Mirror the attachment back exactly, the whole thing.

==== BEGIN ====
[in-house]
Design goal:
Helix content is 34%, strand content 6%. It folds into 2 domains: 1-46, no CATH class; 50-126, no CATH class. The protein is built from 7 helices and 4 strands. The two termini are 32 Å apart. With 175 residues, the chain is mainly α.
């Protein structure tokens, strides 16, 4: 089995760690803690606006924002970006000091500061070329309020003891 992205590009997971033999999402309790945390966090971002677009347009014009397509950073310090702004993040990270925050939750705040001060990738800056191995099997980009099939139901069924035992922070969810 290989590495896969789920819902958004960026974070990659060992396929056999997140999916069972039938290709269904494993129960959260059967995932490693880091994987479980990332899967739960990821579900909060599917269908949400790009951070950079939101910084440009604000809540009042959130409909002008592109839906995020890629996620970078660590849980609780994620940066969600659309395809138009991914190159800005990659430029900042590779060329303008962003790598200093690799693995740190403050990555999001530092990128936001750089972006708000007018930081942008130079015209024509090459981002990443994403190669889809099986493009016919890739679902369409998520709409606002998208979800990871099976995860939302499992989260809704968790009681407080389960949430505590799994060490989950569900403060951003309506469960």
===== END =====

[in-house]
Design goal:
Helix content is 34%, strand content 6%. It folds into 2 domains: 1-46, no CATH class; 50-126, no CATH class. The protein is built from 7 helices and 4 strands. The two termini are 32 Å apart. With 175 residues, the chain is mainly α.
């Protein structure tokens, strides 16, 4: 089995760690803690606006924002970006000091500061070329309020003891 992205590009997971033999999402309790945390966090971002677009347009014009397509950073310090702004993040990270925050939750705040001060990738800056191995099997980009099939139901069924035992922070969810 290989590495896969789920819902958004960026974070990659060992396929056999997140999916069972039938290709269904494993129960959260059967995932490693880091994987479980990332899967739960990821579900909060599917269908949400790009951070950079939101910084440009604000809540009042959130409909002008592109839906995020890629996620970078660590849980609780994620940066969600659309395809138009991914190159800005990659430029900042590779060329303008962003790598200093690799693995740190403050990555999001530092990128936001750089972006708000007018930081942008130079015209024509090459981002990443994403190669889809099986493009016919890739679902369409998520709409606002998208979800990871099976995860939302499992989260809704968790009681407080389960949430505590799994060490989950569900403060951003309506469960």